DON’T forget to join us at the FB event page:

    ISS 2013 4th Annual

    This event page currently has 899 people on it. The EVENT PAGE will be carried over for ISS 2014 5th Annual. And will therefore become an interactive virtual community focused on Sustainability and Environmental Stewardship in Utah and will be ready to go, for ISS 2014.

    So come join us.

  2. We as a nation should be completely energy independent by 2020. We should look for ways to conserve energy, as well as increase domestic energy to accomplish this. The more we conserve energy will also mean less pollution and the climate change that goes with it.
    Cities should encourage businesses to create new tiered scheduling for their workers so to reduce rush hour traffic. Organizations should create 1 day a week for employees to telecommute or to take that day off. At any given day of the week, these companies will have 4/5 of their workers on site.
    Employers and state office workers would simply change the 8 hours per day 5 days a week to that of 10 hours per day 4 days a week. All the employees of every town would be given a number from 1 to 5….
    A 1 will be a Monday. All the way to 5 will be a Friday. They could rotate these numbers if necessary. There will be 4/5 of all employees on the road every day for the week. This will help with traffic jams by at least 1/5. If it is true 57 percent of the pollution is caused by tail pipes; this will greatly reduce this pollution. This will help reduce our demand for foreign oil, as well.
    Schools should be placed on a 4-day rotating school week, as well? The total population of students and their teachers would be divided into 5 groups. Each group would receive a number from 1 through 5. Then these students would get the day of the week off based on this number; where a 1 is for Mondays through a 5 is for Fridays. Then 4/5 of buses would only need to pick up 4/5 of all students on any given day. Though all students on a given bus route will need to be in school the 4 days on. By running only 4/5 bus routes per day, this reduces fuel costs and the pollution that goes with it by 1/5.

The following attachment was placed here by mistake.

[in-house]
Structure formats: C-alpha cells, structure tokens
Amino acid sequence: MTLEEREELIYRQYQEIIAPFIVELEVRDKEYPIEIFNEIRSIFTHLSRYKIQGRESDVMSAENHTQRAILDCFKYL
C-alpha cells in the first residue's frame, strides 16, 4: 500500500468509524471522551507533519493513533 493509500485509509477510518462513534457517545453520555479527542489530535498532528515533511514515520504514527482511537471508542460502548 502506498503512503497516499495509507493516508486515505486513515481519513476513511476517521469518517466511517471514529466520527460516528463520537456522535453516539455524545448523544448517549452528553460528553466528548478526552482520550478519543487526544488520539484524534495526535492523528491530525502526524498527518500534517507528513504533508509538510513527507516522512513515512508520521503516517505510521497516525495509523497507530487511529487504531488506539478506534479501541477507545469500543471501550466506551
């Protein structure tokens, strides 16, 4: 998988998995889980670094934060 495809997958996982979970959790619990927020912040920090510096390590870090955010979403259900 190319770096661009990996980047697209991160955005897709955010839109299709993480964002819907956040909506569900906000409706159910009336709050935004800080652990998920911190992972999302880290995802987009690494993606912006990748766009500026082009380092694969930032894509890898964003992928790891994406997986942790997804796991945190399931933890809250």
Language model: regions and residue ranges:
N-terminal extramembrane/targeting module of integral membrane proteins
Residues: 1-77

Studies have shown students get into trouble the most between 3-5 pm after school. They are on the streets unsupervised during these times. As part of the 4 days a week school schedule, this school schedule will be changed from 8am-3pm 5 days a week to that of 8am-5pm 4 days a week. There will then be 1/5 fewer students on the streets. The parent’s day off should be the same as their kid’s school day off. This way, parents could watch students on their 1-day off.
    There will now be 4/5 of students and teachers, on a given day at the local school building. We have problems with school overcrowding. These cramped spaces may contribute to school bullying. We will then have 1/5 fewer students in the hallways between classes. Thus help reduce this bullying in the hallways.
    New city wide transportation software should be written to organize this new 4/5-workweek system. Each organization would allow their people to pick a day off. They would also assign a number to those people as well if necessary. Then all organization’s employees work schedules databases would be uploaded to this new software. The new 4/5 students school schedule databases would also be uploaded to this software, as well. This software will total all employees and students days off. Then see if they are equal to 4/5 days on. If not, then the businesses and schools will reorganize and resubmit their people’s schedules. This process will be repeated, until this software shows the total people on the roads to be equal to 4/5.
    This system will not only reduce pollution, it will help us achieve energy independence by 2020 as well.